Keepsake Wine Box

Keepsake Wine Box

My son, Clinton, asked me to build a Keepsake Box to put a bottle of wine in as part of his wedding ceremony. On their 1-year anniversary, he and his wife will open the box, retrieve the wine, and read the letters they wrote to one another (also sealed in the locked box).

I agreed and immediately began researching the how to build the box. Boxes are “easy” but this one needed to look special (no pressure, it’s just for the wedding). I wasn’t too concerned with being able to construct the box, mostly what concerned me was the finish. Finishing makes or breaks a project. After looking through hundreds of publications in my woodworking library, an article by Mac Wentz in issue #105 (January 2004) of American Woodworker caught my attention.

The box(es) in the article were attractive, buildable, and the author suggested finishes that were simple but elegant. The proportions of the American Woodworker box scaled well to my wine box requirements (not quite Golden Ratio, but close). It also accommodated a lock which would be used to seal the box at the ceremony.

Every weekend and evening I could spare went into the construction of the box to get it finished on time. I’m happy with the results and glad I was able to get it completed on time. I learned a lot. It’s great to build things for people you care about; they can have this for the rest of their lives.

Miter Attachment for Crosscut Sled

Image of the crosscut sled with the miter attachment in place.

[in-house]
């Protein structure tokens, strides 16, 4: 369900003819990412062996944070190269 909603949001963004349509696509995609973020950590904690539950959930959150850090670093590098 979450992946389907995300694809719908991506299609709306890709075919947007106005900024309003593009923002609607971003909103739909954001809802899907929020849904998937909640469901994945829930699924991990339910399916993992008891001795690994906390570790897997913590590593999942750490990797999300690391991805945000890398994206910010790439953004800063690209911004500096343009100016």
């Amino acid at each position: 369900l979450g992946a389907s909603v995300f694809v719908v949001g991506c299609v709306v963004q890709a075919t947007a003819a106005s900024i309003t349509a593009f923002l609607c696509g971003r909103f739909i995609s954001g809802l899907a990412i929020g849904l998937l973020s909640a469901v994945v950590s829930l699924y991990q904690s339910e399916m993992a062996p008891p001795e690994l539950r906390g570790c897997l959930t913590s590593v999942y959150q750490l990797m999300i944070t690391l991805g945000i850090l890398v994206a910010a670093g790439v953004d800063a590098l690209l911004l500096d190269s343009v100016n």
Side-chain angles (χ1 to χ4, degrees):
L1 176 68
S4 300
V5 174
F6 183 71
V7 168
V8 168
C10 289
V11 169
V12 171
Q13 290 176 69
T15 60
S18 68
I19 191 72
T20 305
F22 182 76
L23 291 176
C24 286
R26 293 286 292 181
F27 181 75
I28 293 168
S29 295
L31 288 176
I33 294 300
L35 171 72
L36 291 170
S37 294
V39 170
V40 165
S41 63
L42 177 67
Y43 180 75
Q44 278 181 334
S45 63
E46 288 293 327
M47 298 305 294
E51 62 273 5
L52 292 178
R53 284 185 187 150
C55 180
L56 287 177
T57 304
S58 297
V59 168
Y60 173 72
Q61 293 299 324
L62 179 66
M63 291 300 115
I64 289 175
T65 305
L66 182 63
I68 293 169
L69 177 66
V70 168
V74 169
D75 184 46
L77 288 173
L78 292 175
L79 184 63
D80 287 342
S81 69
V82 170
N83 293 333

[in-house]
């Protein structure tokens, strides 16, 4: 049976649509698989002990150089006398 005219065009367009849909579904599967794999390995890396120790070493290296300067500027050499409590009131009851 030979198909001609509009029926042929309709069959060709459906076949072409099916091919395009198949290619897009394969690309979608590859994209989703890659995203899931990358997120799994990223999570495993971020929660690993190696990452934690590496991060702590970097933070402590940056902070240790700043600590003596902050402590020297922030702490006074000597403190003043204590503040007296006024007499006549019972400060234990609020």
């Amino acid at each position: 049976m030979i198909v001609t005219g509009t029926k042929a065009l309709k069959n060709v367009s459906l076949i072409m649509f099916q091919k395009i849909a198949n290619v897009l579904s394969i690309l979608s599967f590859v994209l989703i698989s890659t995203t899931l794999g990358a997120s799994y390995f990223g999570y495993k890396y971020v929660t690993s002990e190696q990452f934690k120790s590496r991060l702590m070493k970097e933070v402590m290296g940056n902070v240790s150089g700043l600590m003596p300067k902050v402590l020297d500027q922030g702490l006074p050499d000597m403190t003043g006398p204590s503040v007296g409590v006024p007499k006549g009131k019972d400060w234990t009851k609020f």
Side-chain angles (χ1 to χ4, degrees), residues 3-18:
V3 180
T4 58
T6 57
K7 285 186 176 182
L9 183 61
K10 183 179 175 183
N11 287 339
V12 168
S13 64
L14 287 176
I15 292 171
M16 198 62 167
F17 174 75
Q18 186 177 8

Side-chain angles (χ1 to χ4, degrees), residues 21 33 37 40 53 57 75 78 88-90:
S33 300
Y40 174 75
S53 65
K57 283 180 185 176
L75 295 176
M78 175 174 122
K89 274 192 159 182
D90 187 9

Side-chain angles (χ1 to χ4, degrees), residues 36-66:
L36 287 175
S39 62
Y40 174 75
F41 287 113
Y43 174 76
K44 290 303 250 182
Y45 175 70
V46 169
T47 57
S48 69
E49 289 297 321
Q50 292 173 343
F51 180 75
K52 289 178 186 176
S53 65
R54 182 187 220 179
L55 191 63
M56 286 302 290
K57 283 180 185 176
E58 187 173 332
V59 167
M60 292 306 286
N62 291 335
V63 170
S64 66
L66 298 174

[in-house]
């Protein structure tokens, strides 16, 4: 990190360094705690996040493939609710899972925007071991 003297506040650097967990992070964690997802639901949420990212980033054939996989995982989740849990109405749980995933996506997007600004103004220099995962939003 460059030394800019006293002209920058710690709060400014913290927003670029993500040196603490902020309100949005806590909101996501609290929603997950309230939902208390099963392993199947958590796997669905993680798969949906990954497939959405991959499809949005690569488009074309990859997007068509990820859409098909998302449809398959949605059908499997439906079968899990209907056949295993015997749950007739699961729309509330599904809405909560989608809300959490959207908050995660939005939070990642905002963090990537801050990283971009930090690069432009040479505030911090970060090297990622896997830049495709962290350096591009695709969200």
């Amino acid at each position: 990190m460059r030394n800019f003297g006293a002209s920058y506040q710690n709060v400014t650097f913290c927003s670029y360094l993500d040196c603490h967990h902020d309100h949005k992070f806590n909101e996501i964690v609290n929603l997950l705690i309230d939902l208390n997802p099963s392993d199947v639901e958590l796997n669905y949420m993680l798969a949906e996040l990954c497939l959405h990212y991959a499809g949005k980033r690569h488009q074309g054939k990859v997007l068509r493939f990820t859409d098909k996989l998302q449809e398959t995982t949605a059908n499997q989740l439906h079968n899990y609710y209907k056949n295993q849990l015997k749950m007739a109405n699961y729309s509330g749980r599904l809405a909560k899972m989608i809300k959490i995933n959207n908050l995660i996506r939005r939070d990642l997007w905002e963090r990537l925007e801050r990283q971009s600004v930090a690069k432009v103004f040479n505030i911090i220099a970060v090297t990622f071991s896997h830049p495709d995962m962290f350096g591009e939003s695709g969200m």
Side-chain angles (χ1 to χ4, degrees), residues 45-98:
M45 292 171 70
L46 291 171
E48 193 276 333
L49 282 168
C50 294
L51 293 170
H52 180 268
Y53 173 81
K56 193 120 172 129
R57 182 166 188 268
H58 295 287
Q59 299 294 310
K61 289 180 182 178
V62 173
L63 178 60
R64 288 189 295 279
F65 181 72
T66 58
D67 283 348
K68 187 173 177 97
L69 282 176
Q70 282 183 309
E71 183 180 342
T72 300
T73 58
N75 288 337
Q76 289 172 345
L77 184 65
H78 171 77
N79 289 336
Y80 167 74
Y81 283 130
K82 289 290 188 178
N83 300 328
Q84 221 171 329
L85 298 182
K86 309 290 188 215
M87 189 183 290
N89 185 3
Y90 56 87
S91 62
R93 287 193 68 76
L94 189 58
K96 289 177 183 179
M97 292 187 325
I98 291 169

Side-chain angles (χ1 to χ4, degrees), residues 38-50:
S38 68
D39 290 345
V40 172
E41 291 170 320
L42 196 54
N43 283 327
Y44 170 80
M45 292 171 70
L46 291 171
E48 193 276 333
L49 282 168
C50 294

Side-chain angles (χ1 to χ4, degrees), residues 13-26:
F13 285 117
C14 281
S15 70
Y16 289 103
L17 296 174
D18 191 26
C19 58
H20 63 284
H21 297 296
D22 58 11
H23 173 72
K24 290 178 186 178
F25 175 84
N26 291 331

The first, and maybe only, accessory I plan for my new crosscut sled is the miter attachment. I finished building it today; it looks good and works great.

This project has been sitting on the shelf for a long time and I’m happy to have gotten back to it and finished it. It’s especially nice to get such good results.

Now I’m moving on to assembling (and learning to use) my box joint jig.

Table Saw Cross Cut Sled

Crosscut Sled

For years—okay, a decade (maybe more)—I’ve wanted a cross cut sled for my table saw. It sounds easy; why not just stick some wood together and get on with it? Right? Well, once you start thinking about it, it’s a complicated build.

A piece of plywood (3/4″ for rigidity) to make the base sled. Some designs use 2×6’s and 2×4’s for the front and rear fences. How do I square the rear fence to the sled? It goes on and on! How does one decide what design and what materials to use to build the thing? There are great designs that don’t fit my needs and I didn’t feel confident enough to modify the designs for myself.

Then I came across a design for a Cross Cut / Miter Sled by Nick Ferry on YouTube. Not only does he use materials I find quite satisfactory (Baltic birch plywood and Kreg hardware) but he uses a squaring method (5-cut method by William Ng; Ng is a genius…watch all his YouTube stuff) to square up the rear fence.

So, I found myself at the point where I had a design and construction method I liked and no other excuses not to build the thing. Well, in that situation I had to build it, of course. The pictures in the album above show the build without the miter attachment accessory. I’ll build the miter attachment accessory next.

Anyway, once I completed the cross cut sled, I was able to tune it to < 0.002″ over 22″ accuracy. That’s way more accurate than I was expecting and I’m very happy with the results. Also, as an added bonus, Wendy (my wife), made the caution decals for the sled. They take the project to a whole new level of professional quality.

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